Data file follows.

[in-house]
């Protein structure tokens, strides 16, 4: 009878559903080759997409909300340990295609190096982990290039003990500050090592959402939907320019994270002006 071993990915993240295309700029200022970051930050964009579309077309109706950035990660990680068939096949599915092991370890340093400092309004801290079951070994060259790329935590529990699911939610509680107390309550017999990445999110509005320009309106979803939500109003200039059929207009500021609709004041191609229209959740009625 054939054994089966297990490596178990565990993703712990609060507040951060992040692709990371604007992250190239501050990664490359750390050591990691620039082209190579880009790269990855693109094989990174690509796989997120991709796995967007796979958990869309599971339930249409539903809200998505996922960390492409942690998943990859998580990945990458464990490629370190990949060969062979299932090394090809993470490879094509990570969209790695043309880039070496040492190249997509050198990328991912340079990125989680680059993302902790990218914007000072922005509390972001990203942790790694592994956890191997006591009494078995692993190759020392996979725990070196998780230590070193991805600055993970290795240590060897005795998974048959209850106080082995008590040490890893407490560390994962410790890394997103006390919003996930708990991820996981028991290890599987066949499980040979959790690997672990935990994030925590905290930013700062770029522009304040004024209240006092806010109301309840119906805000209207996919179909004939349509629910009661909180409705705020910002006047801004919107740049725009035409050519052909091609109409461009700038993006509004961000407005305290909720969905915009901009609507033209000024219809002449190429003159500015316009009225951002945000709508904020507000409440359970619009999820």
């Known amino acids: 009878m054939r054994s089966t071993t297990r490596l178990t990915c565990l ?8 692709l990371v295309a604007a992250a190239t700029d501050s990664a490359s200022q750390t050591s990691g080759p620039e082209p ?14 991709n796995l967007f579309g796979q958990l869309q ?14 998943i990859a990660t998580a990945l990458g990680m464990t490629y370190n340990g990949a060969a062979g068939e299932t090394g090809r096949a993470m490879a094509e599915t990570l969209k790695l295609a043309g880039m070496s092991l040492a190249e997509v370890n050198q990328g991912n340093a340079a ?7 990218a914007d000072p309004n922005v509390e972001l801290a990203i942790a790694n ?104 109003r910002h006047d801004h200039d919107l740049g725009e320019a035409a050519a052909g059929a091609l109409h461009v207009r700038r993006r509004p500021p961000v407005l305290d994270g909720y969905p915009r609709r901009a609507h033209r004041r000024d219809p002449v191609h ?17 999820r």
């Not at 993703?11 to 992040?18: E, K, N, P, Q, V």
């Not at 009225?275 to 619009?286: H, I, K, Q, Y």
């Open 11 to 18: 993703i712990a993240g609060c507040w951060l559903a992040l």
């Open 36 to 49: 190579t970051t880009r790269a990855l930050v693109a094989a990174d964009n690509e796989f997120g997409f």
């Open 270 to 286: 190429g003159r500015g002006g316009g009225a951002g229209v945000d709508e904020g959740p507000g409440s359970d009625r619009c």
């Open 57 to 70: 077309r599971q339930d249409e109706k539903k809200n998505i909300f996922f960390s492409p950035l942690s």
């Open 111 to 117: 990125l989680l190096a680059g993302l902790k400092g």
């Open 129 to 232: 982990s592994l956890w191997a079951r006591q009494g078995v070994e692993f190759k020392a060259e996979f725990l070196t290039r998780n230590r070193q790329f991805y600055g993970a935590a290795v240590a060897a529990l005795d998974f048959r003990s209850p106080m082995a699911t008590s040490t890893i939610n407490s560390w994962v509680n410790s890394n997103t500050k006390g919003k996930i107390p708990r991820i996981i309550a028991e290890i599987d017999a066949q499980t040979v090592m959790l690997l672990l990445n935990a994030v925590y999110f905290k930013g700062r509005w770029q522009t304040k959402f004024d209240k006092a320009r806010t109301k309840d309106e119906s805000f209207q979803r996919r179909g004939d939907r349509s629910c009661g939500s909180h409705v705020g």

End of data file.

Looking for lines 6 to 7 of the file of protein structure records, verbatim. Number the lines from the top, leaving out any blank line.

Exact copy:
């Open 11 to 18: 993703i712990a993240g609060c507040w951060l559903a992040l």
């Open 36 to 49: 190579t970051t880009r790269a990855l930050v693109a094989a990174d964009n690509e796989f997120g997409f």